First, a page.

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Standardization Outlook


Standardization Outlook

Public Version - Outlook on standardization of alternative vehicle fuels - Global, regional and national level

The use of fossil but in first hand biobased alternative fuels in transportation has increased over the last decades. This change is primarily driven by concerns about climate change that is caused by emissions of fossil carbon dioxide and other greenhouse gases, but also by the impact on health and environment, caused by emissions of regulated as well as non-regulated emissions from the transport sector.

Most alternative fuels will help to reduce the emissions of regulated and non-regulated emissions, while alternative fuels based on biomass also will contribute to reduced net emissions of carbon dioxide.

Since the mid 1990s, the use of biomass based fuels such as ethanol and biodiesel has reached levels high enough in for example Europe, Brazil and the U.S. to motivate national or regional specifications/standards. Especially from the vehicle/engine manufacturer’s point of view standards are of high importance. From early 2000 onwards, the international trade of biofuels (for example from Brazil to the U.S. and Europe) has grown, and this has created a need for common international specifications/standards.

This report presents information about national and regional standards for alternative fuels, but also, when existing and reported, standards on a global level are described and discussed. Ongoing work concerning new or revised standards on alternative fuels on national, regional or global level is also discussed.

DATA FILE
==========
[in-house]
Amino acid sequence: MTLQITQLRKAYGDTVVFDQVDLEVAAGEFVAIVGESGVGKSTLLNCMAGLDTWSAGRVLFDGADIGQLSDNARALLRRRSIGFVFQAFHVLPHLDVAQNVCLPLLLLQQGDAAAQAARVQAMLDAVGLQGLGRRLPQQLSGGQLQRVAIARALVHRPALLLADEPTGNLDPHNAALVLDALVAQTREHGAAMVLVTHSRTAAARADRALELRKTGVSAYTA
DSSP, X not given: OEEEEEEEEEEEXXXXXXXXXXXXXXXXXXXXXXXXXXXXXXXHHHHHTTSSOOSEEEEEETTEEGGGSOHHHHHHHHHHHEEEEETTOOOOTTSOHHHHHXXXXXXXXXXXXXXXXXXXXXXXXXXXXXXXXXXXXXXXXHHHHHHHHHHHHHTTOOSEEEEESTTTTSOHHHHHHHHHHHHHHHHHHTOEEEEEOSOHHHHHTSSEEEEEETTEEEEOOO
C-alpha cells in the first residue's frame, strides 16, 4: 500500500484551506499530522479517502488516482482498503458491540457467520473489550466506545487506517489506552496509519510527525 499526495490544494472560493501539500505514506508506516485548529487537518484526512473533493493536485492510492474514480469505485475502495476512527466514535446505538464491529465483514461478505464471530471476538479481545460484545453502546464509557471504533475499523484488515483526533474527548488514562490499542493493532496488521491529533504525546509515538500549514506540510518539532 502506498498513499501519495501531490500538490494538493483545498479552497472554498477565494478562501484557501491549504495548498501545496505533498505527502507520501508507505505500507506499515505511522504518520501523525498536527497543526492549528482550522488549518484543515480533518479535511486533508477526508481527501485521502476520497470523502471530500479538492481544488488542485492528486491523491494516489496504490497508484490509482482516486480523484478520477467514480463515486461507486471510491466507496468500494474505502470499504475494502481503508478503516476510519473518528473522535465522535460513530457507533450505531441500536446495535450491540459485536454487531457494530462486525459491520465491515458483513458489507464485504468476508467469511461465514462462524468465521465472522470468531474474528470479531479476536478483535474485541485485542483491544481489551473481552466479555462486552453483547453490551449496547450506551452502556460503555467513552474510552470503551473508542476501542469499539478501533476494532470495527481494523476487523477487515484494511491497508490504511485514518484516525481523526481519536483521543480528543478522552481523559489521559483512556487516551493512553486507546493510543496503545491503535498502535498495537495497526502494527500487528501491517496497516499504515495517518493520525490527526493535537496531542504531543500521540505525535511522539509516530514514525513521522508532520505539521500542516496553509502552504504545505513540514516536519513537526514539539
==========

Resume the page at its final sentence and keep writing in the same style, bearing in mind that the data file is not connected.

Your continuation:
In this report we have covered standards on all kind of alternative fuels, exemplified below. However, the focus is on liquid biofuels for diesel engines and Otto engines.

  • Liquid fuels for diesel engines (compression ignition engines), such as Fatty Acid Methyl Esters (FAME), Fatty Acid Ethyl Esters (FAEE), alcohols, alcohol derivates and synthetic diesel fuels.
  • Liquid fuels for Otto engines (spark ignition engines), such as alcohols, ethers and synthetic gasoline.
  • Liquefied fossil petroleum gas (LPG).
  • Di-Methyl Ether (DME).
  • Fossil methane i.e. compressed natural gas (CNG) and liquefied natural gas (LNG).
  • Bio methane (biogas from anaerobic fermentation or gasification of biomass), i.e. compressed biogas (CBG) and liquefied biogas (LBG).

Standardization work on alternative fuels by the following organizations/countries and organizations/regions are presented in this report:

  • APEC (Asia-Pacific Economic Cooperation)
  • ASTM (the U.S. and Canada)
  • Brazil
  • CEN (Europe)
  • India
  • ISO
  • Japan
  • People’s Republic of China
  • South Africa
  • Thailand

The information in this report is based on information from web sites, reports and personal contacts, enriched by the author’s expertise. The report is not, however, necessarily all-embracing.

The work on standardization is a continuous process that currently seems to be accelerating. This report gives a picture of the activities until early 2008. When reading this report please keep in mind that new initiatives may be on the agenda on a national, regional as well as a global level.

This report is produced under the framework of the International Energy Agency’s Implementing Agreement on Advanced Motor Fuels (IEA/AMF) and its information Task 28. The report is IEA/AMF's latest contribution to the knowledge about standards and the ongoing work on standardization of alternative fuels.